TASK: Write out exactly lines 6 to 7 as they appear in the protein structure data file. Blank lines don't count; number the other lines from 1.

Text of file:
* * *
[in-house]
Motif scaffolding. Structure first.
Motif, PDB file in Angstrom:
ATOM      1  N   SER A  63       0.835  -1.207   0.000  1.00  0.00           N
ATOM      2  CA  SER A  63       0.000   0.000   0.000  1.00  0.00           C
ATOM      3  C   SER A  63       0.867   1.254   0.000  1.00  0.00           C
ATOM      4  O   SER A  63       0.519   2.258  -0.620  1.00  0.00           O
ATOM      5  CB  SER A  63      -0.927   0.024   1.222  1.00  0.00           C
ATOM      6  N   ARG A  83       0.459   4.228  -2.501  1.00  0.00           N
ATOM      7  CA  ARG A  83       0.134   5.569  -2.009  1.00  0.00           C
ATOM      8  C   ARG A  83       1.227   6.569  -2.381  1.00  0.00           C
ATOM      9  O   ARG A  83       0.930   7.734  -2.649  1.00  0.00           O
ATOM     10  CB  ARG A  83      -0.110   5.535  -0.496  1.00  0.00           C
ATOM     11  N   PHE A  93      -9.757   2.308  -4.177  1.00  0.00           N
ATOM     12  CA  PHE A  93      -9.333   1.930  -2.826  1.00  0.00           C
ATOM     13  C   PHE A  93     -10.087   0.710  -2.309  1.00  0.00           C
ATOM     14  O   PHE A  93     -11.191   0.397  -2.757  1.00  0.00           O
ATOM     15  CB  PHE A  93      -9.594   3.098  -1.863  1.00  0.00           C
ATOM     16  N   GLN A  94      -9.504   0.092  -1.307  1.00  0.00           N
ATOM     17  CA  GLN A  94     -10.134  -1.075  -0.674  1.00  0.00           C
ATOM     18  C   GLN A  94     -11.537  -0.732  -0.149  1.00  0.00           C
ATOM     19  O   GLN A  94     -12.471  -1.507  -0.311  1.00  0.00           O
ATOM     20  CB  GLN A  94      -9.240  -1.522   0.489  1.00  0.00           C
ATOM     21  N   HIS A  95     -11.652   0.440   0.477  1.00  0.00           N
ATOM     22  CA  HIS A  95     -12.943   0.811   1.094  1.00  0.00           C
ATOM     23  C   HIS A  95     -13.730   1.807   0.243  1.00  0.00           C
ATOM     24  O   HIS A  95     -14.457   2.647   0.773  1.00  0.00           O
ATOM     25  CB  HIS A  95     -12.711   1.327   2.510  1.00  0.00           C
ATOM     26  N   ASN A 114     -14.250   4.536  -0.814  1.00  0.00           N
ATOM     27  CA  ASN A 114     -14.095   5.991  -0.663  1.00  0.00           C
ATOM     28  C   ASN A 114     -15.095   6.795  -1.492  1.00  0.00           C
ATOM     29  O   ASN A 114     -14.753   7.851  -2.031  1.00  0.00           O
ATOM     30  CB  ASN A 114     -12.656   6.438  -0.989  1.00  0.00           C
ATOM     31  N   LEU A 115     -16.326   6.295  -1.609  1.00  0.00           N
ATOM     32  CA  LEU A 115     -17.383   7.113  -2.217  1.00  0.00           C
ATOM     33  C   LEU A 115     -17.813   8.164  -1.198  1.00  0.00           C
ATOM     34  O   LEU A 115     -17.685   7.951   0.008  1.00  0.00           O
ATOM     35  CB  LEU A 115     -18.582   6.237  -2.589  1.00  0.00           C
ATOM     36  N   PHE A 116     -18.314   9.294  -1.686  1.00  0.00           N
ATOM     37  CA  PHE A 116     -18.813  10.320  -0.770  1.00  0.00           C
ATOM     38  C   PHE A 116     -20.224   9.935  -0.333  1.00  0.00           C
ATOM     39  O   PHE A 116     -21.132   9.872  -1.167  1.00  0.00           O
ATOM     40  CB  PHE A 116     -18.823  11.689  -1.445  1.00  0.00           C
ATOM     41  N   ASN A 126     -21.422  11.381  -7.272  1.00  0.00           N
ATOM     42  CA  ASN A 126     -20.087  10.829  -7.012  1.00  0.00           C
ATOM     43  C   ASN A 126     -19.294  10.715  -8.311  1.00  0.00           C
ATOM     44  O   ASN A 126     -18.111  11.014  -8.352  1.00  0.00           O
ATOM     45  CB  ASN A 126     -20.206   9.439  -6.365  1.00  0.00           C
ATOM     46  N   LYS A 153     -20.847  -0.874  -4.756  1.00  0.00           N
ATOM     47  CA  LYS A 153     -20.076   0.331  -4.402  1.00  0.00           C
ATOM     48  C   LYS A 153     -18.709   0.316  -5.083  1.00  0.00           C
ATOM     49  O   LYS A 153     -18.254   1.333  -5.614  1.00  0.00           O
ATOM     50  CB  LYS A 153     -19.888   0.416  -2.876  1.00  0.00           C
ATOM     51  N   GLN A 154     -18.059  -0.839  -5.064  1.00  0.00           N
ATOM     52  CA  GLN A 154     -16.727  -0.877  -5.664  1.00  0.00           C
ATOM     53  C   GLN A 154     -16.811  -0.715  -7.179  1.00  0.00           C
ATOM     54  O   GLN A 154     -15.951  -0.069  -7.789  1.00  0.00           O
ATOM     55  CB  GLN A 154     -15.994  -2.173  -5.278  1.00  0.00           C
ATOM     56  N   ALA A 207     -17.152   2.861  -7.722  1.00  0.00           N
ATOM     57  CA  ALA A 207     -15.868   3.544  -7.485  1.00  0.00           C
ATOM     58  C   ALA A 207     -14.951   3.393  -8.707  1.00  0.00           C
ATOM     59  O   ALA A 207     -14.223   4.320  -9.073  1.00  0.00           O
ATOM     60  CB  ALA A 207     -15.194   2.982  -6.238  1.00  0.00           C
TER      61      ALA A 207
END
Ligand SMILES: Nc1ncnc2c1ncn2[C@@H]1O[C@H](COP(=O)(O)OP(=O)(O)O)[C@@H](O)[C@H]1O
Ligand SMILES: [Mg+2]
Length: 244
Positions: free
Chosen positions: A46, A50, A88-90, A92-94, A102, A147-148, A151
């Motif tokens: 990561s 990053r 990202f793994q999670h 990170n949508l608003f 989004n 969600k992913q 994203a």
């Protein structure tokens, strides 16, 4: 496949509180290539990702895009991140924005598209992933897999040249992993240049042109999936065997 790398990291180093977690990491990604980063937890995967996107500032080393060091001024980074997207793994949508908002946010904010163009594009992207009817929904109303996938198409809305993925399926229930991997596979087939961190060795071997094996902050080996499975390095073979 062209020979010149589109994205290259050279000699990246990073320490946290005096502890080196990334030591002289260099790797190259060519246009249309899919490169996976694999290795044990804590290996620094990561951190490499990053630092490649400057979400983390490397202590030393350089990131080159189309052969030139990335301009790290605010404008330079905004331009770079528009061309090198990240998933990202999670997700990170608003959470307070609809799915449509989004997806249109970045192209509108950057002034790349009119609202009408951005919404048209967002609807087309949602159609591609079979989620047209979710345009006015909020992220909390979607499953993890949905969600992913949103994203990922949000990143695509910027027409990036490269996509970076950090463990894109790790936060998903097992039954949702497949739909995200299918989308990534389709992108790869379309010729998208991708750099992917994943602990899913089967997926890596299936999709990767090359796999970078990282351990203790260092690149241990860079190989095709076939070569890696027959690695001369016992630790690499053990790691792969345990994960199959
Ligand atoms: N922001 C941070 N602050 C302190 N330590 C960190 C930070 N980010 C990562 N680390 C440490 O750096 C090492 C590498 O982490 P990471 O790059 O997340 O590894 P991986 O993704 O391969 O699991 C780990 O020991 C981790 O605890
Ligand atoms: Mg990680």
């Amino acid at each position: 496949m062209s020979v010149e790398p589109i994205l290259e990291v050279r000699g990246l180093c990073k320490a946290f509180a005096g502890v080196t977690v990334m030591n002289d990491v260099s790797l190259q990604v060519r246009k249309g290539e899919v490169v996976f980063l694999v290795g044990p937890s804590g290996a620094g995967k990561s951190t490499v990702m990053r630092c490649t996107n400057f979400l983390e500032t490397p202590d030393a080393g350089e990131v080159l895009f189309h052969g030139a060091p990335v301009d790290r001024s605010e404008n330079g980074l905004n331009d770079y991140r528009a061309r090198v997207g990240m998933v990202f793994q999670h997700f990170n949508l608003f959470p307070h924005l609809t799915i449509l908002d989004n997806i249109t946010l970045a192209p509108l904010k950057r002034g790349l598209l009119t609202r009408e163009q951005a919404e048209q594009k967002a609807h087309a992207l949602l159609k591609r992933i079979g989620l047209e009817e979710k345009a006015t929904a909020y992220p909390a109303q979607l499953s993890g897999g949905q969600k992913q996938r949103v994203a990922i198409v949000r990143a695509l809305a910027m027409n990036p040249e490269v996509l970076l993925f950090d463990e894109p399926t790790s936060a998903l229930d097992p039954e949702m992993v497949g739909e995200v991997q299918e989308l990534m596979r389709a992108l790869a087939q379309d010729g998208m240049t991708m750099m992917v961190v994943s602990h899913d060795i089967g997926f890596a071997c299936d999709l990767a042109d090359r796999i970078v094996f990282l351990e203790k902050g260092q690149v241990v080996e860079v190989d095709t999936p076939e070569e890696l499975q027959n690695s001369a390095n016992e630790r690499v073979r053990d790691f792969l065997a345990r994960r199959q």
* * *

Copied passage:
ATOM      3  C   SER A  63       0.867   1.254   0.000  1.00  0.00           C
ATOM      4  O   SER A  63       0.519   2.258  -0.620  1.00  0.00           O